Menopause : Male Version of Menopause Common

Women have long been told to expect hot flashes, osteoporosis, depression, an increase in body fat, difficulty concentrating, fatigue and reduced sex drive as they hit menopause, when their menstrual periods cease and their ovaries stop producing hormones.

But many men are unaware they may be experiencing some of the same symptoms for a similar reason: a natural and continuous decline in levels of the male hormone testosterone starting as early as in their mid-30s.

Low levels of testosterone, a condition known as male hypogonadism, is often overlooked because men ignore their symptoms or shrug them off as just part of the aging process.

"It's a progressive condition; it's not going to rebound on its own. A lot of men chalk it up to just getting old, and some think they can't do something about it," said Dr. Michael Dimitrion of the Hawaii Male Medical Clinic, which specializes in men's sexual health services, offering nonsurgical treatment for hypogonadism and erectile dysfunction.

Patient Mick Ferreira of Makakilo said he blamed his 60-pound weight gain, lack of energy and other ills on a sedentary lifestyle resulting from a back injury. After reconnecting with his former teenage sweetheart Mindy Olvera two years ago, the couple was considering marriage, but "problems in the bedroom" threatened their relationship, he said.

"I saw how it was affecting her as much as me," said Ferreira, 47, a retired real estate broker.

He sought help from Dimitrion's clinic at the Ala Moana Building, where tests revealed low levels of testosterone. Ferreira said his weekly hormone injections and sublingual tablets (placed under the tongue) boosted his confidence and energy levels, allowing him to become more active and more able to address some of his other health problems. In the process, he lost 35 pounds over the past five months.

"I'm physically more active, I'm happy and the sunshine comes up," he said, nodding toward Olvera.

Not all guys are as open about discussing that type of "problem," a reluctance Dimitrion witnessed during his 33 years as a primary-care physician.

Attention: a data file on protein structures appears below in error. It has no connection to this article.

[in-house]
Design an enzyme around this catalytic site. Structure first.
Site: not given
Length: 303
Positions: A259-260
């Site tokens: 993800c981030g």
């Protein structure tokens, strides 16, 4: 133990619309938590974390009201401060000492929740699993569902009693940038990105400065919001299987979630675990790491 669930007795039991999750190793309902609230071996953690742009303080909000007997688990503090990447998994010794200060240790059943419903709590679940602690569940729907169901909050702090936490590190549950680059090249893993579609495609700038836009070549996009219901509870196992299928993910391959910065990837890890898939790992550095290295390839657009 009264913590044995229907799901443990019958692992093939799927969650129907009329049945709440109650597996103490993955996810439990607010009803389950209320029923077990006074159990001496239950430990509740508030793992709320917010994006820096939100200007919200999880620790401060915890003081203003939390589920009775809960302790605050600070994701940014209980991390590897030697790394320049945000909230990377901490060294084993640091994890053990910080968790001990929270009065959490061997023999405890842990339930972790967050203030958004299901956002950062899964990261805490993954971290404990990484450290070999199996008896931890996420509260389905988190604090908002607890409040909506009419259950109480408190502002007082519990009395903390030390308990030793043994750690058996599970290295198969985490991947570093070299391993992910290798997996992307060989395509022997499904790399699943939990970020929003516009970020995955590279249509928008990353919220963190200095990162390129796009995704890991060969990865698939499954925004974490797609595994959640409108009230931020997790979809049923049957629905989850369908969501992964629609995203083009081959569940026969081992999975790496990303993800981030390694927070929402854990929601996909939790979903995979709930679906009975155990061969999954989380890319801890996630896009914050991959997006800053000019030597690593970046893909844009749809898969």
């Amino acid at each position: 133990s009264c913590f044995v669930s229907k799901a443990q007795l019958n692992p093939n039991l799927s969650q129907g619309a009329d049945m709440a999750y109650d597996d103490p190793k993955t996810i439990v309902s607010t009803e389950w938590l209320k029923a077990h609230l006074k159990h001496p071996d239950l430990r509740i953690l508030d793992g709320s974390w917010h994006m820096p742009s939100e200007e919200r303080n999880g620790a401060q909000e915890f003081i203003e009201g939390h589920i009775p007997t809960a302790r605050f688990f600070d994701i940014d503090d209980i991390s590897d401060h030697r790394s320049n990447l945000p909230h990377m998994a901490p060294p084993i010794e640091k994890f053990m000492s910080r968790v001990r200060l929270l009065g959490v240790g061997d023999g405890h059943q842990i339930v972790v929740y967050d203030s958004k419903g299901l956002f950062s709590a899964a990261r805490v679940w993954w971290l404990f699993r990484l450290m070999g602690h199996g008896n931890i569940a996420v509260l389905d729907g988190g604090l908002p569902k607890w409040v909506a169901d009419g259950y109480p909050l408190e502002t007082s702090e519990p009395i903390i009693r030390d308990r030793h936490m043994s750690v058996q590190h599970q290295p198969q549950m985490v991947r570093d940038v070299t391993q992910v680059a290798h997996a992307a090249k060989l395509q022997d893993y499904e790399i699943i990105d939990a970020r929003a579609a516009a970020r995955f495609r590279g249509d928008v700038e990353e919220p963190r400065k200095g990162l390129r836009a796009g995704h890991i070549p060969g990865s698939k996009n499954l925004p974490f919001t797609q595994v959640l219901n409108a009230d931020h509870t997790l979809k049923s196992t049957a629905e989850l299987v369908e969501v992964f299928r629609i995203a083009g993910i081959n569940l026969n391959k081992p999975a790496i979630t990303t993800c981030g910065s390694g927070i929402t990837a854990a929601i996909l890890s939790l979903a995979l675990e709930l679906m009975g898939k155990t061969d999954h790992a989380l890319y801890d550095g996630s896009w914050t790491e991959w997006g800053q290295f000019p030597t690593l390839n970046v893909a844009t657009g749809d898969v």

"Men don't want to open up. You ask them how they're feeling and they'll say (erectile dysfunction) happens every now and then, but they don't give you the whole story," he said.

To ease the awkwardness, the clinic has an all-male staff, starting at the reception desk, and patients are whisked into private rooms when they arrive to avoid the embarrassment of sitting with other patients in the waiting area.

"This is a one-of-a-kind clinic. Once patients come here they say they should have come earlier," Dimitrion said.

Treatment for low testosterone includes prescription hormone cream, usually applied daily to the upper thighs; patches; injections; and tablets, all approved by the federal Food and Drug Administration.

Dimitrion said the clinic also focuses on restoring normal sexual function for men who are taking multiple medications or suffer from chronic illnesses such as diabetes, men "who may not have had sex for months or years."

His clinic partner is Dr. Charles Arakaki, who is experienced in hormone replacement therapy for women from four years in private practice as an obstetrician/gynecologist. Arakaki said it was an "easy transition" to work with men dealing with some of the same issues as his female patients in his former practice.

Like hormone replacement therapy for women, the same treatment for men generally is not covered by health insurance, meaning patients must pay out of pocket for ongoing treatment. For one of the clinic's patients, who declined to be identified for this article, that amounts to about $175 a month for hormone cream.

Although testosterone supplementation is an effective treatment for hypogonadism, it's not a panacea for all men's sexual problems, according to Dr. Tim Roytman, a urologist with offices at the Queen's and Kuakini medical centers. Urologists specialize in disorders of the urinary and male genital tracts.

Other causes of low testosterone levels include injury to the testicles, cancer treatment, inflammatory diseases, chronic illnesses, kidney failure, cirrhosis of the liver, alcoholism and even stress and lack of exercise and sleep.

Roytman said patients who are diagnosed with hypogonadism should be evaluated by a urologist or an endocrinologist for specific causes such as testicular failure or pituitary gland abnormalities. He also advises a prostate cancer risk assessment by a urologist before starting testosterone supplementation,

"Men who have prostate cancer shouldnot be on testosterone supplementation. Men who are at high risk for prostate cancer or had prostate cancer and are now cancer free should be informedofpotential risks and benefits of testosterone supplementation," he said in an email.

"Additionally, men should be followed closelyby aurologist for changes in the physical exam of their prostate and prostate-related blood work."

The Hawaii Male Medical Clinic is at 1441 Kapiolani Blvd., Suite 1902; call 529-0000 or visit

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